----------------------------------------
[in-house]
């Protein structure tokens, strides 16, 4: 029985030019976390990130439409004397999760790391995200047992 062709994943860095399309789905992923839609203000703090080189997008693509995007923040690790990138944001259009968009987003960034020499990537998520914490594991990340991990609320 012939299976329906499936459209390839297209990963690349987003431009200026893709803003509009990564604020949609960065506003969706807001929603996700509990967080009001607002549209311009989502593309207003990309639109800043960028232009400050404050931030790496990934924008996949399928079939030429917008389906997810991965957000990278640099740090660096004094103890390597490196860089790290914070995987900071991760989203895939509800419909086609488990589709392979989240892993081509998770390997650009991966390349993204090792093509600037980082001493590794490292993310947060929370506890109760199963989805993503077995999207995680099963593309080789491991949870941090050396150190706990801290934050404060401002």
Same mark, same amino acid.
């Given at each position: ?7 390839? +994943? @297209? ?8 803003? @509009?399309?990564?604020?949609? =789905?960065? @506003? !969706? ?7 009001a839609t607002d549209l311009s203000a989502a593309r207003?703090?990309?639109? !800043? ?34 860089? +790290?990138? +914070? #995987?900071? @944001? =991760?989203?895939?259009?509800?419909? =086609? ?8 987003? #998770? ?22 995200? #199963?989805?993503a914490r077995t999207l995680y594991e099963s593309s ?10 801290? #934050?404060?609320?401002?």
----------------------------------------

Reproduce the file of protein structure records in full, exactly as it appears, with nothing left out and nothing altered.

[in-house]
């Protein structure tokens, strides 16, 4: 029985030019976390990130439409004397999760790391995200047992 062709994943860095399309789905992923839609203000703090080189997008693509995007923040690790990138944001259009968009987003960034020499990537998520914490594991990340991990609320 012939299976329906499936459209390839297209990963690349987003431009200026893709803003509009990564604020949609960065506003969706807001929603996700509990967080009001607002549209311009989502593309207003990309639109800043960028232009400050404050931030790496990934924008996949399928079939030429917008389906997810991965957000990278640099740090660096004094103890390597490196860089790290914070995987900071991760989203895939509800419909086609488990589709392979989240892993081509998770390997650009991966390349993204090792093509600037980082001493590794490292993310947060929370506890109760199963989805993503077995999207995680099963593309080789491991949870941090050396150190706990801290934050404060401002």
Same mark, same amino acid.
């Given at each position: ?7 390839? +994943? @297209? ?8 803003? @509009?399309?990564?604020?949609? =789905?960065? @506003? !969706? ?7 009001a839609t607002d549209l311009s203000a989502a593309r207003?703090?990309?639109? !800043? ?34 860089? +790290?990138? +914070? #995987?900071? @944001? =991760?989203?895939?259009?509800?419909? =086609? ?8 987003? #998770? ?22 995200? #199963?989805?993503a914490r077995t999207l995680y594991e099963s593309s ?10 801290? #934050?404060?609320?401002?």